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Date: 03/10/2018 | By: Zoë Thomson

In business, do you see risks or opportunities? Because the fact is, embracing risk can benefit small businesses. It’s sometimes seen as a boring or dry subject or something that is only relevant for big corporates, but it’s something that every business needs to engage with.


In a fast-paced, engaging session, BizSmart Select Member Zoe Thomson of Risk Evolves covers the ins and outs of risk, and how you can turn perceived threats into opportunities for your business.




Or read on for more details on this topic…


Risks or opportunities


Risk is defined as “effect of uncertainty on objectives” (ISO 31000:2018)


This sounds negative – it sounds like we’re talking about things that could potentially knock your business off course. But the key point to get across is that risk in business is not just about negatives. Risk can represent opportunities that small businesses, in particular, may be better positioned to exploit.


Impact of risk


It’s important to look at how likely it is that your business will be exposed to a particular risk, and what the impact would be if it did happen.


Uncertainty may centre around areas such as managing the organisation or changes in the marketplace.


For example:


  • Variable cost or availability of raw materials
  • Cost of retirement/pension/social benefits
  • Increasing importance of intellectual property (IP)
  • Greater supply chain and joint venture dependency and complexity
  • Reputation becoming more important and more vulnerable
  • Regulatory pressures and legislative requirements increasing.


Why should a small business owner know their risk profile?


It’s important for you to know the risk profile of your business, but if you’re running a small business you may never have looked at this. So why is it so important for you to be aware of the risks or opportunities in your business?


You’ll want to be able to see where uncertainties could have an impact on your business, and look beyond the initial cost. For example, you’ll want to avoid regulatory fines, but it’s not just about the financial cost. Fines will clearly have an impact, but the reputational damage may be more costly.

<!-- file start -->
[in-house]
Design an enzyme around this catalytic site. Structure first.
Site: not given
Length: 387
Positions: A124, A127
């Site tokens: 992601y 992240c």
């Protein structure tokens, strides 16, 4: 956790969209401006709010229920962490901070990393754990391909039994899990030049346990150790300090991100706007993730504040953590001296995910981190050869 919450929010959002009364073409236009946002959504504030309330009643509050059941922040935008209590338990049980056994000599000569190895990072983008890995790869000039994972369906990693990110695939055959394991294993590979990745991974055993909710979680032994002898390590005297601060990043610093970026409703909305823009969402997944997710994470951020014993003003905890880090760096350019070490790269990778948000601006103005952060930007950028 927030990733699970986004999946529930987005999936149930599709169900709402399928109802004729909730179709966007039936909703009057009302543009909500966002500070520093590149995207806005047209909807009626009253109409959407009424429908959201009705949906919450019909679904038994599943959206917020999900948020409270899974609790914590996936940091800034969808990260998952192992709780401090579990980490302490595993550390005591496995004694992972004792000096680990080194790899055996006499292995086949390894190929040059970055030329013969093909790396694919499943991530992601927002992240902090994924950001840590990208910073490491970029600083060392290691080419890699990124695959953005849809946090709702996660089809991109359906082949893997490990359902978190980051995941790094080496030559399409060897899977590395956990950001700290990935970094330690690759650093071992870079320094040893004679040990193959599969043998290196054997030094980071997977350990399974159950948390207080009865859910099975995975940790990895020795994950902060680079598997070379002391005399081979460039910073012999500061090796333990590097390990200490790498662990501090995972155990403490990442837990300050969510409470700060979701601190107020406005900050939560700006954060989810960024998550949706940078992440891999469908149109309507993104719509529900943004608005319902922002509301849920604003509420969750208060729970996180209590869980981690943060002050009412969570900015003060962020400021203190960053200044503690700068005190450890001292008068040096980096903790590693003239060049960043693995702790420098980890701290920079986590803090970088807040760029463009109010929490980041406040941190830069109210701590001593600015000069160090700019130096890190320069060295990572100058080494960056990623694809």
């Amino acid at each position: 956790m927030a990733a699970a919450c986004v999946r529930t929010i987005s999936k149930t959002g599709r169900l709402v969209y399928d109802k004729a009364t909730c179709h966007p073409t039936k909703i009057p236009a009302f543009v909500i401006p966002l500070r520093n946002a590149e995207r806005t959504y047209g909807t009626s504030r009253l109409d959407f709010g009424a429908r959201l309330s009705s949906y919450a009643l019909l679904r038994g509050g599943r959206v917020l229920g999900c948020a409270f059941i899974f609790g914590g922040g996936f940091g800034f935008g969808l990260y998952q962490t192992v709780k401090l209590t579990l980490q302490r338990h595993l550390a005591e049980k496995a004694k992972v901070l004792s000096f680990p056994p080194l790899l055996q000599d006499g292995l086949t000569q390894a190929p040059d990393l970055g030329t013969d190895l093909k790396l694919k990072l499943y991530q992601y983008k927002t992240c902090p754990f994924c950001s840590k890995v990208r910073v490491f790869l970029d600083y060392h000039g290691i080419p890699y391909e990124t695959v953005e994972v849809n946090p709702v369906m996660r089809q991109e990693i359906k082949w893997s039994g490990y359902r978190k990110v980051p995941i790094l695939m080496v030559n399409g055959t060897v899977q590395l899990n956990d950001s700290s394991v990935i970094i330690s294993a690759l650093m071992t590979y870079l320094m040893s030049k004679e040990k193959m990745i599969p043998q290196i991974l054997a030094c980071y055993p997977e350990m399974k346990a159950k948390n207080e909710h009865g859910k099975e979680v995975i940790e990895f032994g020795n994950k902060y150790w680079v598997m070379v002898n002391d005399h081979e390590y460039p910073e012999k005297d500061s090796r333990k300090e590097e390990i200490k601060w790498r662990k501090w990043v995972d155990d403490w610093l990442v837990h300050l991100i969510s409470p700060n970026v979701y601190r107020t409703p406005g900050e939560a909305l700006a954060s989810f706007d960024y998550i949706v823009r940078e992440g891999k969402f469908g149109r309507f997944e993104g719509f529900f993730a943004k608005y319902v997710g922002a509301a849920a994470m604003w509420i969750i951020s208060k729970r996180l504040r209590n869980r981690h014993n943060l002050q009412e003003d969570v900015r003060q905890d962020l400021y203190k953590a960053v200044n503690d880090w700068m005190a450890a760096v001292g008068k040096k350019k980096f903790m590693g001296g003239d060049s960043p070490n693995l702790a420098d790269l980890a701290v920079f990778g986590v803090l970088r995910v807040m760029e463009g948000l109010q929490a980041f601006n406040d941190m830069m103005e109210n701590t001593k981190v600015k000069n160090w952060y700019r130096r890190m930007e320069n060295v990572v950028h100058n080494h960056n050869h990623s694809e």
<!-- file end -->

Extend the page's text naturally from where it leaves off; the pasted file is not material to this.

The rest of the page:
Key areas of risk


You’ll want to identify key staff, skills and suppliers, core processes and pivotal points in production, along with threats to your organisation, both internal and external.


The biggest threats or risks are the ones that could give rise to unexpected costs, cause customer dissatisfaction, put you in danger of legal noncompliance, and prevent you from achieving your strategic goals.


Now, these are all “negative” but there are also opportunities within the risks.


Where are the biggest opportunities?


The opportunities will be different for each business, but could include:


  • Speed of response to a changing market e.g. build up a local client base to shield your business from rising fuel costs
  • Building resilience in a smaller company by ensuring each member of staff can fulfil multiple roles within the business, protecting the business if a member of staff leaves
  • Proving compliance within a certain area, e.g. BS 10012 Personal Information for GDPR


It can be challenging to identify risk within your own business so getting someone from outside to identify risks (or opportunities) can be helpful. This could be peer to peer, for example in a Smart Boards session or mastermind group, or you may want to use a risk specialist.



BizSmart aims to help SME and micro-business owners scale their businesses and create value through sound practical business support. We aim to give you insight and clarity and fire up your determination to succeed. You can access blogs like this and more besides through our free SmartRoom service here.